Celebrate Your Health by Scheduling a Wellness AppointmentJuly 7, 2016
There is nothing we care about more than helping women understand the best ways to take care of their bodies. For too long, women have been given the short end of the stick in medicine, relying on information that fails to take their bodies into account.
For instance, despite the fact that heart disease kills more women than men, research is often male-focused. In fact, researchers didn’t discover that heart disease affects a woman’s body differently than a man’s until 2001. Other diseases such as ovarian cancer have seen little advancement over the past 30 years, despite it being the most deadly form of cancer specific to the female reproductive system.
It’s time to take charge of your own health. One of the most important things you can do for yourself is stay up-to-date on your physical exams.
You’ve probably heard that the recommended guidelines for Pap smears have changed, and it’s no longer necessary to get one every year. But don’t let that make you get lax with other checkups — the single most important thing that every woman can do for her health is to make sure that she gets her annual wellness exam.
How often you actually need a Pap smear depends on several factors, and your healthcare provider is the best person to help you decide what that means for you. But the wellness exam provides much more than just a screening for one illness — it’s the best way for both you and your doctor to know the current state of your body and health. And it’s through accurate, up-to-date knowledge that we are empowered to do the best for our well-being.
Wellness Exam 101
If you aren’t familiar with the wellness exam procedure, it can seem overwhelming. But the best way to prioritize your health is by educating yourself about your body — so take the plunge and schedule an appointment.
Here’s what you can expect to happen during your wellness exam:
1. A discussion about your family health history. Your exam will begin with your doctor asking you questions about your family history and lifestyle. In order to provide you with the best care, she must have a thorough understanding of your medical history. Be prepared to answer questions that might seem like prying anywhere else, and be honest with your responses.
2. General exam. The physical exam will start with your doctor listening to your heart and lungs, taking your blood pressure, and recording other measurements. It’s good practice for the doctor to get a holistic picture of your body.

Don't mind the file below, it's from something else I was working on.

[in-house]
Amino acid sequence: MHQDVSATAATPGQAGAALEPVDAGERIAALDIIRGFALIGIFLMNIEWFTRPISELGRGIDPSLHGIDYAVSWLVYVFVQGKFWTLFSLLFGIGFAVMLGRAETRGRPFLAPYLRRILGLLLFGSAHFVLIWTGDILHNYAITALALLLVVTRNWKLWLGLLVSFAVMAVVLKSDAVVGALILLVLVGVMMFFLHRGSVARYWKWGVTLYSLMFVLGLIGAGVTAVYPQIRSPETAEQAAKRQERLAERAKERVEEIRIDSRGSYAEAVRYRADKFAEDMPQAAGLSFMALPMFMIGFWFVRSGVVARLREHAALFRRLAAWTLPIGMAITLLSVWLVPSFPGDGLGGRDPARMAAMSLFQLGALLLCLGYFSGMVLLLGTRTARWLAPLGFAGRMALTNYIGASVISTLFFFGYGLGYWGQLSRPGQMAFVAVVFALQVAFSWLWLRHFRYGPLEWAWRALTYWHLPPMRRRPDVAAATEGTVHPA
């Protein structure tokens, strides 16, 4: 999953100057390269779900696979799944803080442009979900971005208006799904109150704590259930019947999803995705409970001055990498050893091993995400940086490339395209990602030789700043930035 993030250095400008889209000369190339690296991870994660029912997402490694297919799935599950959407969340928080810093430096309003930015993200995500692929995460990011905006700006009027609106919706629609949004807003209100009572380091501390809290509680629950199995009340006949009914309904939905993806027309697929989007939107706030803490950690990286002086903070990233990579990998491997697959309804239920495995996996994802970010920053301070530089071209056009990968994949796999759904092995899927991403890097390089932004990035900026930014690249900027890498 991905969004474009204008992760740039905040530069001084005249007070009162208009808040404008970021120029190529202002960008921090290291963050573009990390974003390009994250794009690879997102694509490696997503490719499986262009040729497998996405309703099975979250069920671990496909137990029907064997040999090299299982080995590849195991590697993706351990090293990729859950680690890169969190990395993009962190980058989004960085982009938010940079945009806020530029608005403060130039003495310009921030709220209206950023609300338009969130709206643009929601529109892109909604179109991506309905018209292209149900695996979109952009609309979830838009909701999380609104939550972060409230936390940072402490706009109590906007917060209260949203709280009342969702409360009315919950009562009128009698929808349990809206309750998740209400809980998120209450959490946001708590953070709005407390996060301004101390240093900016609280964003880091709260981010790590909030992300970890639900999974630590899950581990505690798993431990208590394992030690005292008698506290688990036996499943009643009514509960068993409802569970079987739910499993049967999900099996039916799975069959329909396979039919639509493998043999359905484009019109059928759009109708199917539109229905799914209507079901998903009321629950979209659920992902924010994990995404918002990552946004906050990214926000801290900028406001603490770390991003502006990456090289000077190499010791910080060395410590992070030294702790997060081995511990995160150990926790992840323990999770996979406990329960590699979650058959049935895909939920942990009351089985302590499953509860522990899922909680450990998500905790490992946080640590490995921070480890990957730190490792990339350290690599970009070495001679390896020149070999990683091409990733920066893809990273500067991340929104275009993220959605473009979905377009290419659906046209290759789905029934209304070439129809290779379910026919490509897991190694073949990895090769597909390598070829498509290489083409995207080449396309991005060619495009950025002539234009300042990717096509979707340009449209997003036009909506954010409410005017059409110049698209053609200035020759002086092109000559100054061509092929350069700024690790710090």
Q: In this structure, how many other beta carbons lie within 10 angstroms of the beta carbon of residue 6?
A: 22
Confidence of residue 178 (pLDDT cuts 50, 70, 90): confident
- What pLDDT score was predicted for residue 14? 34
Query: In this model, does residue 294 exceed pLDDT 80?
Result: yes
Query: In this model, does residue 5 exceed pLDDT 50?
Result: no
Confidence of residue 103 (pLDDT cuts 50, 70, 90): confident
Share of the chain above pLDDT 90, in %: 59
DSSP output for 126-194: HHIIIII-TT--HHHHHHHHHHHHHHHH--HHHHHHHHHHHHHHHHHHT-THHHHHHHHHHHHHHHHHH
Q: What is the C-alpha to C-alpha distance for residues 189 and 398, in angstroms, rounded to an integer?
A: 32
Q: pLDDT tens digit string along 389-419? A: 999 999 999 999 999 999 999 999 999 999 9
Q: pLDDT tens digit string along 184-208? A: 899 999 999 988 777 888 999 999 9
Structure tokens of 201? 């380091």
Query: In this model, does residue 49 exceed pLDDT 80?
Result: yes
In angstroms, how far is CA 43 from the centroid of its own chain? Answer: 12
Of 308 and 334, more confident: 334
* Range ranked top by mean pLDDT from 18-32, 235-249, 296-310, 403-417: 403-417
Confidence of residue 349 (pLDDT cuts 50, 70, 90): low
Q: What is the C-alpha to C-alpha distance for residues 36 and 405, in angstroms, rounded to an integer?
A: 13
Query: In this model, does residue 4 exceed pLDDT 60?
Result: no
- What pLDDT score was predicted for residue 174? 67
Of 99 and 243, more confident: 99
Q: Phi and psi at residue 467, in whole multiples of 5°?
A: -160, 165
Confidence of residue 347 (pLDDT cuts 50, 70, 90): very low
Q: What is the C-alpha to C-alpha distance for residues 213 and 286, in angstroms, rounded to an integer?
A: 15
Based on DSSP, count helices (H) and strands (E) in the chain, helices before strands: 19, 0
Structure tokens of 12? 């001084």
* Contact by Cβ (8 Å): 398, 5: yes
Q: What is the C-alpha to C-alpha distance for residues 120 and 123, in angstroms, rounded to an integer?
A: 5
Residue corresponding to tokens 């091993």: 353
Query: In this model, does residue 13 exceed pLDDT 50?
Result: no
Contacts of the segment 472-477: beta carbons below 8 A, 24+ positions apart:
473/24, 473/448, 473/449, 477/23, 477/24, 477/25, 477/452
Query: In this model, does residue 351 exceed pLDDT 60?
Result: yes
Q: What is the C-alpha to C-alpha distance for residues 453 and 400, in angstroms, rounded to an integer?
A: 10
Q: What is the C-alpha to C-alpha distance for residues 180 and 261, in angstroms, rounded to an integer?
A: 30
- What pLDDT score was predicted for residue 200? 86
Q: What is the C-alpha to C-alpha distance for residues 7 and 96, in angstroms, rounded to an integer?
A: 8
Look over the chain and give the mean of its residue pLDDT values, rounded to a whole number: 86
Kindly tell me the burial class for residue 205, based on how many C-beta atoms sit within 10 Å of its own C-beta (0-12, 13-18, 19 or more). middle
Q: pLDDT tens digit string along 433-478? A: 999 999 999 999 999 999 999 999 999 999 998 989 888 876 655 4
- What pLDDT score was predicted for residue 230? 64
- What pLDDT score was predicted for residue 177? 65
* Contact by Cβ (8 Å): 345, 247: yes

3. Breast exam. When she has finished the general exam, your doctor will do a manual breast exam, feeling for lumps or abnormalities, and check the lymph nodes around your armpits. Ideally, you should be doing your own monthly self-exam. If you have any questions about how to do self-exams, this is a great time to ask your doctor.
4. Pelvic exam. Your doctor will begin by examining the exterior parts of your vagina, making sure that everything looks healthy and there are no abnormalities. Then, she will insert the speculum in order to view your cervix, which is the lower part of your uterus.
If you’re getting a Pap smear, this is when your doctor will gently scrape your cervix to collect cells — which will later be examined under a microscope. After the speculum, your doctor will conduct a bimanual exam; she will insert two fingers into your vagina and place her other hand on your lower abdomen. This allows the doctor to feel your internal organs and make sure everything is in good condition.
Your exam may also include a rectal vaginal exam, where your doctor inserts one finger through the anus into the rectum so she can feel what’s between the vagina and the rectum as well as what’s behind the uterus. Although this exam can seem uncomfortable, it’s very important because your fallopian tubes and ovaries move around and can be behind your uterus.
What More Can You Do?
While the typical women’s wellness exam screens for several important medical issues — including cervical cancer if you get a Pap smear — there are still several diseases it does not screen for.
The most common form of gynecologic cancer, endometrial cancer, is not easily caught during a wellness exam, but it has obvious symptoms like postmenopausal bleeding. There is also no effective screening for ovarian cancer, and though there are warning signs, they can be hard to catch. If you have a family history of ovarian cancer or general concerns about the illness, it’s a great idea to discuss them with your doctor during your wellness exam.
Remember, although your annual wellness exam is a vital part of taking care of yourself, maintaining good health means taking what you learn from your doctor and applying it to your life. Make sure you’re prioritizing your health this year. After all, you’ve only got one life to live.